He was named ‘Pele’ because of his ability to evoke comparison to the Brazilian football genius  Pele.
Born on November 5 1964, Abedi Ayew ‘Pele is one of the first great African players to make an impact on European club football. He is also a former Ghana International football player and captain.
At age 17, Abedi Pele helped Ghana win the Nations Cup in 1982. But after helping the Black Stars team to finals in 1992 as captain, he was suspended because he picked up two yellow cards and watch the Ghanaian side lose on penalties in the finals..
Abedi holds the CAF Cup as the player who has been at the Nations Cup Finals more than any other on the continent, beating even the legendary Roger Milla of Cameroon to the record. He made his first appearance at the 13th Nations Cup Finals in Libya in 1982 and for the next 16 years (ending at the 21st Finals in Burkina) continued to grace the most prestigious football fiesta on the continent, first as a member of Ghana’s squad rising to become captain in 1990, as captain.
Abedi left Ghana to pursue his professional career in Qatar after 1982. After a short stay with Switzerland F.C. Zurich, he returned to Ghana and played for Real Tamale United for a season.
He started his European career in France with Chamois Niort, then Montpellier and Lille, before he moved to Olympique Marseille. He later joined Lyon. He also played for Torino of Italy, where he won the Best Foreign Player in Serie A, before finishing his European sojourn with 1860 Munich.
Abedi found fame in France’s Ligue 1 with Lille OSC and Olympique Marseille and was named African Footballer of the Year in 1991, 1992 and 1993. He was named as one of the top 125 greatest living footballers in March 2004. He was very instrumental in Olympic Marseilles winning the European Club Championship trophy in 1993, the first time a French team won it.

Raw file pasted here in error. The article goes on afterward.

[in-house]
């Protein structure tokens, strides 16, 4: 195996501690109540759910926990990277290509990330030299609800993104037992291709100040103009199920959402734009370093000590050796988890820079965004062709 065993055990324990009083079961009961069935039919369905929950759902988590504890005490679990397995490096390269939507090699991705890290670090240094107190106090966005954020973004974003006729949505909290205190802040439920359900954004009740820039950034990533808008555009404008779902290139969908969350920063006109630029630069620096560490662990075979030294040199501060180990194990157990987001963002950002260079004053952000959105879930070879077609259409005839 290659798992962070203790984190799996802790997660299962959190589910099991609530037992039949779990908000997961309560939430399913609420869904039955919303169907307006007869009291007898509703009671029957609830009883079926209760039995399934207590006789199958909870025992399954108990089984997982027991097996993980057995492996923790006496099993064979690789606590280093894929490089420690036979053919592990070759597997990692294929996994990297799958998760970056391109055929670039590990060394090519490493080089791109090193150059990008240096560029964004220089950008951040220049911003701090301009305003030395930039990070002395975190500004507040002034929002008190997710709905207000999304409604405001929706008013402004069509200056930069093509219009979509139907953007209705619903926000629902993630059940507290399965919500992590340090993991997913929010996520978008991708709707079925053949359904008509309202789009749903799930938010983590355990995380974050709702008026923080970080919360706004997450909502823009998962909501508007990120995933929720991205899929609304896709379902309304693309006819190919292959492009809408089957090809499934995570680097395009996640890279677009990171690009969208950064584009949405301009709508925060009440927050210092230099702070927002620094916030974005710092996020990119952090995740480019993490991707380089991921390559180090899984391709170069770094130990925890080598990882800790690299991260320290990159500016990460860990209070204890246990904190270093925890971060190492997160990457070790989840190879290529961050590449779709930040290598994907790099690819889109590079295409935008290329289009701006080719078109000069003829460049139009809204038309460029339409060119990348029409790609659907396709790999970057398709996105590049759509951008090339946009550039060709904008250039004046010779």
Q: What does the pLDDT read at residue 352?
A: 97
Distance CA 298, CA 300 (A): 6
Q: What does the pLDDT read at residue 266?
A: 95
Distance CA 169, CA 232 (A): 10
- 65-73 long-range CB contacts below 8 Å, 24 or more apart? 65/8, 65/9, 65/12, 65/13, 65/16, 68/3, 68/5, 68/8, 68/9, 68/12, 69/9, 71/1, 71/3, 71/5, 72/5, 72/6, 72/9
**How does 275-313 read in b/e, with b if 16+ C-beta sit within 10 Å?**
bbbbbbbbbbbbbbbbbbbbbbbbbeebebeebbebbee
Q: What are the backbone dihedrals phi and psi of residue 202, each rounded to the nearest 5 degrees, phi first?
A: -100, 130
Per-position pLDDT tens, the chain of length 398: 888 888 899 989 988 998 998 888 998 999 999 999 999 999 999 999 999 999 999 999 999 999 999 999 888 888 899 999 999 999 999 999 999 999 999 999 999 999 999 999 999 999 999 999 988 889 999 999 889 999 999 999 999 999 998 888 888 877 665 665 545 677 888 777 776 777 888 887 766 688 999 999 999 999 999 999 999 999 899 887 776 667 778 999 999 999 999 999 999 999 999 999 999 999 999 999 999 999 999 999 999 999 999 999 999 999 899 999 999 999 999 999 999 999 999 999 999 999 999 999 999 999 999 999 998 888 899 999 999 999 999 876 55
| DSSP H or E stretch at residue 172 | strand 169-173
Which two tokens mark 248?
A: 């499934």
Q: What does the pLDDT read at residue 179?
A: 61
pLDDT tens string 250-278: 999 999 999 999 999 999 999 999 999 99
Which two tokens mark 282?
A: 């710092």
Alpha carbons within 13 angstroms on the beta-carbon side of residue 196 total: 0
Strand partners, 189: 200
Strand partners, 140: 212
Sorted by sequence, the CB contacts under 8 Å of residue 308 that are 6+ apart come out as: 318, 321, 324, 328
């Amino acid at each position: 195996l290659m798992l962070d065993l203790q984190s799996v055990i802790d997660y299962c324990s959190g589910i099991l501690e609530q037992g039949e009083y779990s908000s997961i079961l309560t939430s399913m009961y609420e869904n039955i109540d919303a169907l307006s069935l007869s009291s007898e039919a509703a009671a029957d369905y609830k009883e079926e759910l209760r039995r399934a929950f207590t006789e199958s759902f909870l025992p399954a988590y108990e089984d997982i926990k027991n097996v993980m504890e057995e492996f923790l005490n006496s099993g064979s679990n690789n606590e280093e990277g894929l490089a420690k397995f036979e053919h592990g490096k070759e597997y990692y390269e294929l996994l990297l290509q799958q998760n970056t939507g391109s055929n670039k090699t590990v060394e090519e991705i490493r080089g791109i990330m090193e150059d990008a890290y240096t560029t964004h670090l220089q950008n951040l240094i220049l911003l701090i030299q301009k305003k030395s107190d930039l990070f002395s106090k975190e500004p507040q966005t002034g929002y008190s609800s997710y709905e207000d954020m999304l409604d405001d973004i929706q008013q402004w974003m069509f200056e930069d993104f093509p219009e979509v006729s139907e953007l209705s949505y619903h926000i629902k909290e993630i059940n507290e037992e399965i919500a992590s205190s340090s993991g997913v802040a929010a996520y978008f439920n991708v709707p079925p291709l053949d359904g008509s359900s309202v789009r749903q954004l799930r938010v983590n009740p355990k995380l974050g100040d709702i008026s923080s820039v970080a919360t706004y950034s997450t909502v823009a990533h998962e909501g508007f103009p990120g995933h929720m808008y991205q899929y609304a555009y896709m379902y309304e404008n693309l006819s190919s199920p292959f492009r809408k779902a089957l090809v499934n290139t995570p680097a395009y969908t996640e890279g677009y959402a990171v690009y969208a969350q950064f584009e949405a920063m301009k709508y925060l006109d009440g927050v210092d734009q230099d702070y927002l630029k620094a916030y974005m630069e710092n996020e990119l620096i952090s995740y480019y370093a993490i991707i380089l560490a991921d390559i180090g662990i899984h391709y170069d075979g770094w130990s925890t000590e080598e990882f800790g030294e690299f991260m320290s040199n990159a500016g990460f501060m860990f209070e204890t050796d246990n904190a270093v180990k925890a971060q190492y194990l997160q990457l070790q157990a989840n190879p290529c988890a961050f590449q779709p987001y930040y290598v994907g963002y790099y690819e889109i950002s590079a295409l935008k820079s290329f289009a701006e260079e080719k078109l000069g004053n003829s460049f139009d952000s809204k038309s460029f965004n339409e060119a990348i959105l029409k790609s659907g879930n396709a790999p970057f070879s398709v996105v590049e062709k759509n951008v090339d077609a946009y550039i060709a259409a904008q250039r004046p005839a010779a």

Abedi Pele has the singular honour of participating in more FIFA organized charity matches than any African player. He is currently on the player status committees of both FIFA and CAF.
He is adored in many African countries, especially the Francophone countries because of his exploits in France.
Nevertheless, in countries such as Nigeria and South Africa, football fans still wear T-shirts bearing his name. In fact, Abedi is indeed a goodwill soccer ambassador of Africa. That explains why the South African FA made him a Spokesperson for their 2006 World Cup bid.
In appreciation of Abedi’s devout services to the country, the Ghanaian government awarded him the country’s highest honour, the Order of the Volta (civil division). He thus becomes the first Ghanaian sportsman to be so honoured.
Upon being awarded a European Cup medal Abedi won with the French side Olympique de Marseilles, UEFA later had to withdraw it because the owner of the French club Bernard Tapie, was found guilty of cheating and other malpractices.
He was in June 2001 nominated to serve as the next Chairman of the Ghana Football Association, an opportunity he later gave up for a more experienced former coach of Ghana, Ben Koffie.
He currently runs his own football club called Narnia FC with the future hopes of nurturing the young talent to augment the fledging league of the country. The club won the MTN FA Cup in July 2011 after beating Ghanaian Football giants Asante Kotoko 1-0 in the finals.
Three of his sons, Ibrahim, Jordan and Andre Ayew are currently paying their dues to Ghanaian Football as players of the Black Stars. They are following in the footsteps of their father performing well in both local and international football. In a very funny way, one can say Abedi is giving back to the society in a very interesting way.
Abedi Pelé is a member of FIFA’s Football Committee and is one of the continent’s most repected and important ambassadors.

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